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George Galloway Documentary on British Fascism

Entitled ‘The Patriot Game’, and just under 27 minutes in length, this documentary British Fascism was post on YouTube on Friday. Presented by the former Labour MP, founder of the Respect Party, and now presenter with RT, George Galloway, this is a potted history of British Fascism. Some sensitive souls might want to skip some of this. This are vicious, ugly people, and the documentary includes scenes of violence where the Fascists are fighting the anti-Fascists and the police. There are also newsreel footage of the gas ovens in Nazi Germany to make a mute refutation of Martin Webster’s attempt to cast doubt on the truth of the conventional ‘narrative’ about the Holocaust.

It begins with the assassination of Jo Cox last year by Thomas Mair, and the all-too real Nazism and vicious anti-Semitism of Britain First. Not only did they want Cox dead, they also conspired to kill another female MP. From there he goes on to talk about Oswald Mosley and the British Union of Fascists and the Battle of Cable Street. This was when Mosley and his goons attempted to march through the East End of London. They were opposed by a huge crowd of trade unionists, Communists and Jews, determined not to let them pass. Violence broke out, but the Fascists were, as Galloway says, ‘routed’.

He then goes on to the Notting Hill riots of 1961 and the murder of Conseil Cochrane, an Antiguan carpenter. Now a very exclusive part of London, Notting Hill was then a poor area of slum housing and rapacious landlords. During three days of rioting, thousands of White youths rampaged to beat and attack Blacks. Galloway notes that the Daily Heil asked at the time ‘Should they keep coming?’ referring to the Black and Asian immigrants, who were there being attacked. The area was a hotbed of racism, and Colin Jordan was there with his White Defence League. There is then footage of Jordan at the microphone stating that if coloured immigration continued, it would lead to a mulatto (mixed-race) Britain, the extinction of the White race, and the fall of our civilisation. This is followed by Enoch Powell and his infamous ‘Rivers of Blood’ speech. Galloway mentions how Mosley tried and failed to get back into British politics, but the BUF’s place was taken instead by the National Front, led by John Tyndall and Martin Webster. After that collapsed, it was succeeded by Nick Griffin’s BNP, which in turn was succeeded by Tommy Robinson’s Islamophobic English Defence League. Robinson is shown at one of his protests against the Rotherham Asian grooming gang, holding up a Qu’ran and claiming that the rapists’ actions were based on ‘this manual’. This has now been succeeded in its turn by John Meighan’s Football Lads’ Alliance, which is also vehemently anti-Islamic. Meighan is shown arguing that they’re against all forms of extremism and racism. But Meighan himself is a former football hooligan, who was given a nine month suspended sentence for affray and banned from every football ground in the country. And John Sillitt, of Stand Up To Racism, describes how, when they tried to leaflet an FLA demo, they were met with cries of ‘We hope they bomb you!’. He states that they are not a non-violent organisation, and that their members hate Islam, not just Islamic extremism. He notes that for all Meighan’s talk, there wasn’t a Muslim speaker with him on the podium. He also stated that Portinari, another Fascist and gunrunner for the UDA, the Protestant paramilitary group in Northern Ireland, is a member of this wretched organisation. The documentary also shows Meighan with Tommy Robinson and other members of the EDL in a pub in Bristol, behaving like a gang of Fascist yobs.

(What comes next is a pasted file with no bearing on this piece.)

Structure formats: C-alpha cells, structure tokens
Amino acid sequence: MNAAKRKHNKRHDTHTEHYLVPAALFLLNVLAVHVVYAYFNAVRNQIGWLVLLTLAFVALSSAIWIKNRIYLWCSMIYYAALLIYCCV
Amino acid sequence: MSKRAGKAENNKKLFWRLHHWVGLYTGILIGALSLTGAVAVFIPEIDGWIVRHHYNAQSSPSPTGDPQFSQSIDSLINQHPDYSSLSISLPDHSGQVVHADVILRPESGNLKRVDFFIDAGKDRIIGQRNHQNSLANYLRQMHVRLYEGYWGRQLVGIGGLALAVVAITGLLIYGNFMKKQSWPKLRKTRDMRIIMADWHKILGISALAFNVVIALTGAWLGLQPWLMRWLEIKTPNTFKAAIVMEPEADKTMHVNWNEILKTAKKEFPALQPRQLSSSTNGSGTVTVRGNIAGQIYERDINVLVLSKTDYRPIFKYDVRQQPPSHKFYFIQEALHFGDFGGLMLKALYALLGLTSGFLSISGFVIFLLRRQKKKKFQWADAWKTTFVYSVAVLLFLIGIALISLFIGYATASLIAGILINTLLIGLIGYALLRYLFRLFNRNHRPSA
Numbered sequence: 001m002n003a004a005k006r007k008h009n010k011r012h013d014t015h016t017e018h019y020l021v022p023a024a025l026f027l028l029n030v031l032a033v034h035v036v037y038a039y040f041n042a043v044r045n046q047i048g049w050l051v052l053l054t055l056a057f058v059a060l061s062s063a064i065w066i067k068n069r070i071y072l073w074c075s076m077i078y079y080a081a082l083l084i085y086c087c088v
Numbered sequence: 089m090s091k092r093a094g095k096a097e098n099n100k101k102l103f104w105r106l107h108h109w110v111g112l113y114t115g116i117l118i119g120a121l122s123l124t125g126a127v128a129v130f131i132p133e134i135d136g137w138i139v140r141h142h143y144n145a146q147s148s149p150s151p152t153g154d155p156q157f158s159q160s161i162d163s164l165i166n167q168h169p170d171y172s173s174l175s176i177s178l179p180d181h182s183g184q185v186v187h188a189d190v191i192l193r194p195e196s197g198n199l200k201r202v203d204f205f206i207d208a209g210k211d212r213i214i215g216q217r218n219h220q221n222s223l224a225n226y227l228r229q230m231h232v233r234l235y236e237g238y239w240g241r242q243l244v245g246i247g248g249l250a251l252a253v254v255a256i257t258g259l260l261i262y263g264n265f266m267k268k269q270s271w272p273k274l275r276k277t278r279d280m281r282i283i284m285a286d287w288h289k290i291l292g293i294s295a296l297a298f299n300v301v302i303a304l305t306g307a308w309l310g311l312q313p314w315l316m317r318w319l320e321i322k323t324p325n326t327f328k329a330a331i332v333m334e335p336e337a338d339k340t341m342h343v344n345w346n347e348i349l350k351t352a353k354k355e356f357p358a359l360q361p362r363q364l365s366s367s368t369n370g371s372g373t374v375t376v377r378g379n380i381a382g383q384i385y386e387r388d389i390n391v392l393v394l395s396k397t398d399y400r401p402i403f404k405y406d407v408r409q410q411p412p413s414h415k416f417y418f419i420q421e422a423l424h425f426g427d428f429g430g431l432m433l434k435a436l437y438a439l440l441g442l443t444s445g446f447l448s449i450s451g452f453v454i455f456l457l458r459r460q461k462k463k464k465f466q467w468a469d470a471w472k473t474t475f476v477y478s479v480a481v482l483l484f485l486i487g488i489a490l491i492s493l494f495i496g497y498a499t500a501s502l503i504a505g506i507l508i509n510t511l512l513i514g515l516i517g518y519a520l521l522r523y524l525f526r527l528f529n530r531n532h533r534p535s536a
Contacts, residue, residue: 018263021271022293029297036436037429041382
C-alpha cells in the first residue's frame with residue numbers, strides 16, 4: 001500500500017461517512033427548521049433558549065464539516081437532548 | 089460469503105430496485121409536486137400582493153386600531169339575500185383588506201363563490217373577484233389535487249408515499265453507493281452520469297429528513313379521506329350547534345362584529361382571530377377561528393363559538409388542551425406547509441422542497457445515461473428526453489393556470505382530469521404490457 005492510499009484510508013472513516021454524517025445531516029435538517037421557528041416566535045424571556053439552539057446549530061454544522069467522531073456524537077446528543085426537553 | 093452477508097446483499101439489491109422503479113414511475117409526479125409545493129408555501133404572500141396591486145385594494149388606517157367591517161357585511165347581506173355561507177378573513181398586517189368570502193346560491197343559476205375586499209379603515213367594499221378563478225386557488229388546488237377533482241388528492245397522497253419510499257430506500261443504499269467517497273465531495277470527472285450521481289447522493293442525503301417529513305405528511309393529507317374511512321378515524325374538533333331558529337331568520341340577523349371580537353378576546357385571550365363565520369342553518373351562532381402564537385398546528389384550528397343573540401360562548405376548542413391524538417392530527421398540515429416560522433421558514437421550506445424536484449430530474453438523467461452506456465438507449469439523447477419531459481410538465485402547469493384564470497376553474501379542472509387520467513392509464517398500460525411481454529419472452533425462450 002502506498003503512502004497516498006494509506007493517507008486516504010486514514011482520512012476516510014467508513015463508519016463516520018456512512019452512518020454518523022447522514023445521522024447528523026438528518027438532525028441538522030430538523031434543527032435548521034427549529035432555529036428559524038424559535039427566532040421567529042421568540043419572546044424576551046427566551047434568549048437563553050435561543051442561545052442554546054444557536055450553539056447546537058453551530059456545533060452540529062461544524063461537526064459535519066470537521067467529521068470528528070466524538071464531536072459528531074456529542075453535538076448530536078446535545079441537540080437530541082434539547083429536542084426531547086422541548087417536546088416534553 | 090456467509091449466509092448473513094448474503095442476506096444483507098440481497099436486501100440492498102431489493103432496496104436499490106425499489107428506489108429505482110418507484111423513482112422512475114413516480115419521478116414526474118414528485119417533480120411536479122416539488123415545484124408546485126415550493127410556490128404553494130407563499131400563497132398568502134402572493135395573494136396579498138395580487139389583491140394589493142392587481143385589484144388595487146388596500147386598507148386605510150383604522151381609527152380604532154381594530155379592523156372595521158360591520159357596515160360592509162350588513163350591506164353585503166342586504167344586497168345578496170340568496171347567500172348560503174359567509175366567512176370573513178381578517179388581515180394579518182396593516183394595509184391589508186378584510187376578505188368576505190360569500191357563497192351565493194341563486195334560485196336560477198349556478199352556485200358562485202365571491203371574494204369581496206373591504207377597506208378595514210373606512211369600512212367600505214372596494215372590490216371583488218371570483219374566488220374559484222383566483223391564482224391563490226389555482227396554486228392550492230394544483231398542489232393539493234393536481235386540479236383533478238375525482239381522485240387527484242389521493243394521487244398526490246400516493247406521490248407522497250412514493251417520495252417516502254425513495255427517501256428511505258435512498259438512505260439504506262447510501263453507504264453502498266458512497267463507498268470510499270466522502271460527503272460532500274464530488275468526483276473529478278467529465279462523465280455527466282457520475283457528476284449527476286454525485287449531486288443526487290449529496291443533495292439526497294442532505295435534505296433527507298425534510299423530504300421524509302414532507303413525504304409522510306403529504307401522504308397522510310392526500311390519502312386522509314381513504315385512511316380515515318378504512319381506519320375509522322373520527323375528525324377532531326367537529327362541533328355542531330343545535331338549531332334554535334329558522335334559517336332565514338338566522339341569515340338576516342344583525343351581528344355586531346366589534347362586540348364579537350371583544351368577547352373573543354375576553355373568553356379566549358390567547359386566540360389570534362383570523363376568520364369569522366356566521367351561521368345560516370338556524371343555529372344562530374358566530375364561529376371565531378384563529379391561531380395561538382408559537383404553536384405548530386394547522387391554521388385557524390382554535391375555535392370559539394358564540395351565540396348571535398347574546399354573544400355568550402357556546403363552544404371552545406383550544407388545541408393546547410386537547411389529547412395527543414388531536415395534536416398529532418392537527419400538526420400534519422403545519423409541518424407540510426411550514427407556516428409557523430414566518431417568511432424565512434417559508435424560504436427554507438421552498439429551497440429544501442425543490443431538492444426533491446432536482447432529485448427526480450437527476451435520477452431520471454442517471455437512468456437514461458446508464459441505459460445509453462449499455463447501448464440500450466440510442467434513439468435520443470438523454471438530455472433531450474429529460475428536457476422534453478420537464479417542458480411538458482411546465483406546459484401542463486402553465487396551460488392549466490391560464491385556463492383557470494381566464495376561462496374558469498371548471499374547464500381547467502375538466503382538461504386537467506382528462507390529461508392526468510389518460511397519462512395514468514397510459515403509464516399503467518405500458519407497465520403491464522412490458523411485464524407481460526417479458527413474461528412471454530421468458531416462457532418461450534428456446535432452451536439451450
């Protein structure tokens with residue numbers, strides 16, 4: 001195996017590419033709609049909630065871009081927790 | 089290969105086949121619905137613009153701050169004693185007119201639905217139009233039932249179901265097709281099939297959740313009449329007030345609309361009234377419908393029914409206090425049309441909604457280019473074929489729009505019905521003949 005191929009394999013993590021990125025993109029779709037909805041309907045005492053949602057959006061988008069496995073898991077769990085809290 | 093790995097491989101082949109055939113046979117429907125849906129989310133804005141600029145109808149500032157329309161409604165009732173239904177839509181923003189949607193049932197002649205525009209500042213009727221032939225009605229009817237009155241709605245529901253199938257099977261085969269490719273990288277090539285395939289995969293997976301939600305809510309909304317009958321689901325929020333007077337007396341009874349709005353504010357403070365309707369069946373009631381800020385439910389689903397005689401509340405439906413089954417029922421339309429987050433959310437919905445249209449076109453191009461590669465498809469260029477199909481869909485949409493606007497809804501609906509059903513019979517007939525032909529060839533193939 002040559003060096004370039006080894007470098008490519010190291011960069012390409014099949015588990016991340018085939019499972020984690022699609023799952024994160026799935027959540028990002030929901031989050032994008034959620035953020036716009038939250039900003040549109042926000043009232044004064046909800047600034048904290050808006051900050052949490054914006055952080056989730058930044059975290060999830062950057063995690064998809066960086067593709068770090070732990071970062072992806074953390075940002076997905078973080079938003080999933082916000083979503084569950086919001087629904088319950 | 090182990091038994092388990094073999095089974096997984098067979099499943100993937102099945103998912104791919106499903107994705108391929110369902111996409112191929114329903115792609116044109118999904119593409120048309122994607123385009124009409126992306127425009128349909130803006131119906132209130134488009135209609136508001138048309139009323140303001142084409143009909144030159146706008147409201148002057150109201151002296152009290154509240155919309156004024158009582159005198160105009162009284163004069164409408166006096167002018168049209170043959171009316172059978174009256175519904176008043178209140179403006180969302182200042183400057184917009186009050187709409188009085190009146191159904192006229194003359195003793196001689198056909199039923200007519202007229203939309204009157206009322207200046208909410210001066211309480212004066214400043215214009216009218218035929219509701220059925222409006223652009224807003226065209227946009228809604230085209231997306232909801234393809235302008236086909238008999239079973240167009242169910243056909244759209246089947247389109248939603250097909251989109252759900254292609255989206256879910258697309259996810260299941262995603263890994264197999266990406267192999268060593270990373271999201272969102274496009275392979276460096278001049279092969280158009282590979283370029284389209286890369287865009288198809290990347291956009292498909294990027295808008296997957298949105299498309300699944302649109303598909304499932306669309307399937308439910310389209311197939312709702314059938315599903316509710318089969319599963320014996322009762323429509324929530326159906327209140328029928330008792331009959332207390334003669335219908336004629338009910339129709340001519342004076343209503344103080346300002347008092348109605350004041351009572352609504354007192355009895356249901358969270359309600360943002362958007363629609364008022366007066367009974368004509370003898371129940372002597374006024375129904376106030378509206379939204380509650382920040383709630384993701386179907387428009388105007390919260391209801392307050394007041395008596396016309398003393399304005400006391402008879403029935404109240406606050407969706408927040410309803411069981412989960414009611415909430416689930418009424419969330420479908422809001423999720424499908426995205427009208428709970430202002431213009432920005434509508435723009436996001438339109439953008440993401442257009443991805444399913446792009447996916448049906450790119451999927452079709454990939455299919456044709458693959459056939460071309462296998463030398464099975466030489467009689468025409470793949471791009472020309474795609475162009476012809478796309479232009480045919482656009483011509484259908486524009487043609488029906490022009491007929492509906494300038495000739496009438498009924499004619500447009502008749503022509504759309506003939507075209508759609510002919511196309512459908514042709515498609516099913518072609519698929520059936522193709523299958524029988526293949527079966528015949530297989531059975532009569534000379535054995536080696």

During the documentary he talks to Prof. Matthew Goodwin of the University of Kent, Rob Hoveman, of the Central European University, Budapest, and Francis Beckett, the author of Fascist in the Family, as well as Martin Webster, the Black rights activist, Lee Jasper, and Mike Yardley, a security adviser. Goodwin, Hoveman and Beckett provide very brief definitions of Fascism. Goodman states that it differs from Conservatism in that, while Conservatism looks to the past, Fascism is all about national renewal and looks to the future. Hoveman describes how Fascism is marked by a defensiveness, a belief that society is being undermined, whether by Jews, Communists or liberals. Francis Beckett, whose father was another one of Mosley’s Blackshirts, defines it as being about the belief in an infallible leader ‘which is about as close to madness as you can get’.

Lee Jasper talks about the real fear the NF and other Fascist groups provoked in Black people, and their threat of violence, which could end with you losing your life. Matthew Goodman describes how contemporary Fascists, like the NF and BNP differ from the old style storm-troopers of Mosley’s BUF. Mosley had quite developed ideas about the kind of society he wanted to create and what he wanted to do with the economy. Contemporary Fascists don’t have any of that, just a crude racism and conspiratorialism, so that they are White supremacist organisations.